Texas is huge.
That was the astonishing observation I made as we were driving through the northern sliver of it known as the panhandle. Shattering, I know. But when you’re spinning through mind-numbing flatland towards a never-ending horizon, your mind goes a bit…numb.
It’s a landscape that changes with glacial swiftness. It’s the same thing. Over. And over. And over. There’s just not much to see between western Oklahoma and the central panhandle, except for a mural or two.
That makes for a pretty long four hours. It also makes the first glimpse of Palo Duro Canyon even more breathtaking.
The thing about canyons – and this is going to be another shocker – is that you don’t see them until you’re about to drive over the rim. They’re hidden treasures. You can look across the horizon and have no idea that, a quarter of a mile away, there’s a huge divot in the earth.
I know this, yet every time I get close enough to a canyon to see into its depths it’s like someone yanked back the curtain and yelled “Ta-Da!” We’d even been to this specific canyon before, but when we took the first switchback and caught glimpses of the rim on the opposite side, when we descended from a horizon of monotony to a landscape of variety, it was just as surprising as it had been the first time.
It was our second day just showing up at a park and hoping for a decent campsite, but since the last night had gone so well I wasn’t worried. The nice ladies at the entrance told us they gave us the best site, and said that even though it looked like it was right by the bathrooms it wasn’t.
Sounded good to us. We paid our entrance and campsite fees and headed into the depths of the second largest canyon in the United States.
Dropping 800 feet from rim to floor and stretching up to twenty miles wide, Palo Duro Canyon’s multi-hued layers are a vertical timeline of its geologic history. It became a state park in 1933 when the State of Texas purchased several thousand acres of the canyon for public use. The Civilian Conservation Corps, FDR’s Depression-era unemployment solution, built the roads and the buildings and in 1934 Palo Duro Canyon State Park opened to the public.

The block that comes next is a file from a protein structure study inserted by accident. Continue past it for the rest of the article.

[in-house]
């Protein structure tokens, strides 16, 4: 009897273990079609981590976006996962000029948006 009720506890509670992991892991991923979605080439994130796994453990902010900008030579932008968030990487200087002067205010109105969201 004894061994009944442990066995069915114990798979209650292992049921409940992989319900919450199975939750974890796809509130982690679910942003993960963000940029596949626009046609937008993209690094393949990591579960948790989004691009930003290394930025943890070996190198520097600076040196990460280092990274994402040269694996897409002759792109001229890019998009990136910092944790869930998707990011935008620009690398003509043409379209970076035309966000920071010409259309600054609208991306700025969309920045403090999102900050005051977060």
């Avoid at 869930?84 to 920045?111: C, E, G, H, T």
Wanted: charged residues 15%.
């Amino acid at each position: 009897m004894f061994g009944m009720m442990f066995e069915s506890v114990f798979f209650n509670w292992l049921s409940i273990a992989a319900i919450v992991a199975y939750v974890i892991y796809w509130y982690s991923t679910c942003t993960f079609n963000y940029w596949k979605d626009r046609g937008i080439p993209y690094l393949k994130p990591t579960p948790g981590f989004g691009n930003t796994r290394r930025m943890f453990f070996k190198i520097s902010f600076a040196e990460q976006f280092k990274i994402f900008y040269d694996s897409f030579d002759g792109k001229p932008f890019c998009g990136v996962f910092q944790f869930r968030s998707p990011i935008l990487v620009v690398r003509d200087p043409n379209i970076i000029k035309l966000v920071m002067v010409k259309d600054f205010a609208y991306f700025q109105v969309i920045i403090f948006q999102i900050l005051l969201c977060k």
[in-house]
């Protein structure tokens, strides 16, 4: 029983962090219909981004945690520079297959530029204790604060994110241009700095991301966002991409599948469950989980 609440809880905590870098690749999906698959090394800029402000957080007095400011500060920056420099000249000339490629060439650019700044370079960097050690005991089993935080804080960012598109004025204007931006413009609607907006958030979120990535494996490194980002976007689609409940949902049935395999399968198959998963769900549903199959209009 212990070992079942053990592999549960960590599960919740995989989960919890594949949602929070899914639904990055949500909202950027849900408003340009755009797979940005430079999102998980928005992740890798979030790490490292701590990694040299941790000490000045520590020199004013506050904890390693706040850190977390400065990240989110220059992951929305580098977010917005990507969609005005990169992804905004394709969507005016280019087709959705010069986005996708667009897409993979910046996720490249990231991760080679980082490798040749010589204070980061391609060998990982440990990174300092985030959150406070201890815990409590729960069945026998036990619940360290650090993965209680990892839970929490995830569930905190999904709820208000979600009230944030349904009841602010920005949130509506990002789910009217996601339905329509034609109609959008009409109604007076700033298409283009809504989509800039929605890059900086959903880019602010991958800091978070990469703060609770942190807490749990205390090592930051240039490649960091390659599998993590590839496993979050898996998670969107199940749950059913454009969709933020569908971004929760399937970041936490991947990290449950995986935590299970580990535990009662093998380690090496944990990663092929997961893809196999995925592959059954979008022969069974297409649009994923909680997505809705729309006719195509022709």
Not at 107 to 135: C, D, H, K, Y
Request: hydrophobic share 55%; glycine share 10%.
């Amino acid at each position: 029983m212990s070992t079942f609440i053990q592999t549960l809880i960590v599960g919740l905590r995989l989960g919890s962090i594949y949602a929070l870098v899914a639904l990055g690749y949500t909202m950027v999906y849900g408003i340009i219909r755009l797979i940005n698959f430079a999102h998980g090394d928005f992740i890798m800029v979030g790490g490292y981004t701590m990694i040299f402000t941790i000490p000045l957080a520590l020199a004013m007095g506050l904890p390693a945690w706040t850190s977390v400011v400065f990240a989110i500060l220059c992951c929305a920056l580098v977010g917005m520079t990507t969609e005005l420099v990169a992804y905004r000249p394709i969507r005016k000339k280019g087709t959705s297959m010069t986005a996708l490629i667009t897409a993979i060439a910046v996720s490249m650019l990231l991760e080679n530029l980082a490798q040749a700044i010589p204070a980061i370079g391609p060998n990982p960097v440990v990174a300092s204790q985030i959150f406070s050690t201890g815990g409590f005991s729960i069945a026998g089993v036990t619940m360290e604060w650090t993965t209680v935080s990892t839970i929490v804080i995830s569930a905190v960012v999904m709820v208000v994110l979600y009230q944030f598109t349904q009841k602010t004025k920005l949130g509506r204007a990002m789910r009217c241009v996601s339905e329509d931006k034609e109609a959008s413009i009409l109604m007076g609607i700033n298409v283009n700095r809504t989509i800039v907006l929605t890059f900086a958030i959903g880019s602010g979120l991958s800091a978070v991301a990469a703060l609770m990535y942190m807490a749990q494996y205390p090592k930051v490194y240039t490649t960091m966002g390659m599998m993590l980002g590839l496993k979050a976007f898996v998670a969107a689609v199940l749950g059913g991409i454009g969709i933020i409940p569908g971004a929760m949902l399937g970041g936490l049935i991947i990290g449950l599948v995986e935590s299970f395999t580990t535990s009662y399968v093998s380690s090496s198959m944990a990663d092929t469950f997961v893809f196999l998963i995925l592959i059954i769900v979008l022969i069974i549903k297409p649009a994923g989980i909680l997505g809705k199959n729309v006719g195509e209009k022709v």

We took one of those CCC-built roads to Campsite #1 in the Hackberry Camp Area. It was, as the ladies said, by the bathrooms, but at the bottom of an incline so steep we couldn’t see the facilities at the top of the path.
The campground was gloriously, serenely empty of people and setting up camp was a little difficult because we kept getting distracted by our surroundings.
There were the hardwood trees for which the canyon’s named, and hackberry trees, for which the campground was named. Cedar, cottonwood, a sloped canyon wall of striated colors topped by a sandstone covered cliff. A roadrunner. Wild turkeys hanging out by the restrooms. The sky was blue.
No clouds, no contrails.
It was February, so the branches of the cottonwoods were bare. I’m sure it’s beautiful in the spring and summer, when they’re lush and covered in green, but the lack of leaves meant we could see through the branches. The open vistas were less obstructed, more…open.
Of course, I knew everything was colored by how thrilled I was to be there, how excited I was to be doing what we were doing; I would have loved it no matter what the conditions. Doesn’t matter why. It was perfect.
Despite the distractions there was still plenty of light left when we finished setting up, so we crossed the road and picked up the Paseo del Rio Trail, a short and easy 1.03 mile hike. We didn’t talk much. When you’re spending every day, all day, together for several days in a row, sometimes you don’t need to speak.